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TV Reviews : ‘Speaking in Tongues’ Reconceived for the Tube

At once Paul Taylor’s nastiest and most complex dance-drama, “Speaking in Tongues” sardonically depicts institutionalized religion creating a social structure for the very sins it condemns.

Originally seen by UCLA audiences two years ago, this haunting, hourlong portrait of a hypocritical community comes to the PBS “Dance in America” series tonight (7 p.m. on KVCR Channel 24, 10 p.m. on KCET Channel 28 and KPBS Channel 15) in a version reconceived for television.

As before, a tortured, carnal Man of the Cloth (Elie Chaib) dominates brutal interplay by members of his devoutly corrupt congregation, with only His Better Half (Cathy McCann) demonstrating any genuine spirituality. Music by Matthew Patton again helps Taylor’s world seem both familiar and dreamlike: a place of homey menace.

However, this time Taylor moves outside the skeletal church setting into an equally bleak townscape, with original designer Santo Loquasto creating distinctive environments for the overlapping stories. Moreover, some of the scenes now take place in tightly enclosed spaces--and the work’s abrupt shifts into the future, fantasy or memory are accompanied by changes of locale or directorial style.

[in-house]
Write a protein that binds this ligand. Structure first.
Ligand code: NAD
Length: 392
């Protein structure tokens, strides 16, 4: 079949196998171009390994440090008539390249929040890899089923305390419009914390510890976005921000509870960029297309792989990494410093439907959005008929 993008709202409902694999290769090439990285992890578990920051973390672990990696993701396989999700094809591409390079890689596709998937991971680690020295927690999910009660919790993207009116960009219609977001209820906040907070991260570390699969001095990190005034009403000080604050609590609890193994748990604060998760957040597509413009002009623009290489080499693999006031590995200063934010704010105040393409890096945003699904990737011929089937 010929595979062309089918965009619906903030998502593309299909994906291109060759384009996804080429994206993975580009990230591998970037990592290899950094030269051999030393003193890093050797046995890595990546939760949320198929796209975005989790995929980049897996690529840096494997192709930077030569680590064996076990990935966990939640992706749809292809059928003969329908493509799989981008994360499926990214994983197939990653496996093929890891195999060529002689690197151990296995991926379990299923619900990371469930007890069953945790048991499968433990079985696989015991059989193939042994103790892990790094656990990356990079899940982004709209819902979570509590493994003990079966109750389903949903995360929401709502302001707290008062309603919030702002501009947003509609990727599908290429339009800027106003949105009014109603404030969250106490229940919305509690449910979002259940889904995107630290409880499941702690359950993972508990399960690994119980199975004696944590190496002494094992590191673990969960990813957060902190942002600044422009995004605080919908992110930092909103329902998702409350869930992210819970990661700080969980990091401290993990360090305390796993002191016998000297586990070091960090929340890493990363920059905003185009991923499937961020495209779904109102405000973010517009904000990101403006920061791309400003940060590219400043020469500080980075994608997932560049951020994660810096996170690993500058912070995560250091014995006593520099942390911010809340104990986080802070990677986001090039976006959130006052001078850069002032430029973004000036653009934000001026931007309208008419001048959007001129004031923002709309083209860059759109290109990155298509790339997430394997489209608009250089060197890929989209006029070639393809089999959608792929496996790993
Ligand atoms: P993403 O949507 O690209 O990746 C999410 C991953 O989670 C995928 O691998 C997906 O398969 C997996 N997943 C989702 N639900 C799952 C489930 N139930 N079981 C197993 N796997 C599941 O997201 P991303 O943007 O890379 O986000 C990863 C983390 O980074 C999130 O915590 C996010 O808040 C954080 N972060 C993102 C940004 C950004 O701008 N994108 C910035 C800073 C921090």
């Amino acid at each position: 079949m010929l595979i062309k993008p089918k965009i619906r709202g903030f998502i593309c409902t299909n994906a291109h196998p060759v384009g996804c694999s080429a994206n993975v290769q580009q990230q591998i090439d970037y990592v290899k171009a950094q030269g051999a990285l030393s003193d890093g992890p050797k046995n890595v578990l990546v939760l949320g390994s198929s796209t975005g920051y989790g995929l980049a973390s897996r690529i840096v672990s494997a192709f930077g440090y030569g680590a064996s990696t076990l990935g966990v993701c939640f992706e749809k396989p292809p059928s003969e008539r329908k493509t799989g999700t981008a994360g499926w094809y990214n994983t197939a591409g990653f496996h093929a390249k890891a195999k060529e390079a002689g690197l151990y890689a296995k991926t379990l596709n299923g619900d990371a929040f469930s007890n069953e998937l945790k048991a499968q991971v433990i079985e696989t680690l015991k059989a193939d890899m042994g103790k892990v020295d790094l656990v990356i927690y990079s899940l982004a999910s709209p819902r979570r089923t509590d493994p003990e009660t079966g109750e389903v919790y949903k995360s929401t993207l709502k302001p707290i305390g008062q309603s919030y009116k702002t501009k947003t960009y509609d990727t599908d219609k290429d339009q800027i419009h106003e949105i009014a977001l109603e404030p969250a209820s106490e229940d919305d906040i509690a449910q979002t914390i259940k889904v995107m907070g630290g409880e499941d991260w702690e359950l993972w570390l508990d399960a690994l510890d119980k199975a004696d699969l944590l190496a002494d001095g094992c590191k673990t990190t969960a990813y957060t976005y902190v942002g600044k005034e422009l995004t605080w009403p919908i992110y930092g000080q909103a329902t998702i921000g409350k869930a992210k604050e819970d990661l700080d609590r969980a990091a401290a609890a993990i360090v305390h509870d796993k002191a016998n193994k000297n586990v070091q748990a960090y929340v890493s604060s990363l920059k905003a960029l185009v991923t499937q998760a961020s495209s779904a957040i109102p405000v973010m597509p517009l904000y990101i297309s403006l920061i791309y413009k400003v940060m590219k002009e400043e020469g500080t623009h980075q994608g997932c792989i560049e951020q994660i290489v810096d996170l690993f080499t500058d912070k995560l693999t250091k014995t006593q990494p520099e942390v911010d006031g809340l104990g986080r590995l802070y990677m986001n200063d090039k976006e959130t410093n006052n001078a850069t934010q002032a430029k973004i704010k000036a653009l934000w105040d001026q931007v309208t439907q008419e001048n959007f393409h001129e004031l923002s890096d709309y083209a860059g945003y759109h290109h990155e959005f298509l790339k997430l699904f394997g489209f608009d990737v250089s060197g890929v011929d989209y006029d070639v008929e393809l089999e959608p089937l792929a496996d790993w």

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After a ruinously discontinuous opening sequence (20 cuts in the first minute alone), director Matthew Diamond settles into effectively showing off Taylor’s choreography and company instead of obliterating them.

With each of the characters given a unique movement-personality, the dancers emerge vividly as individuals. Chaib’s acting may still be at theatrical scale, but his agonized solos work powerfully in the intimate TV context, even when shot in silhouette. The serene McCann and the intense Thomas Patrick (as the abused outsider) look especially brilliant here and a scene of domestic conflict comes over with extraordinary force as danced by Francie Huber and Joao Mauricio.


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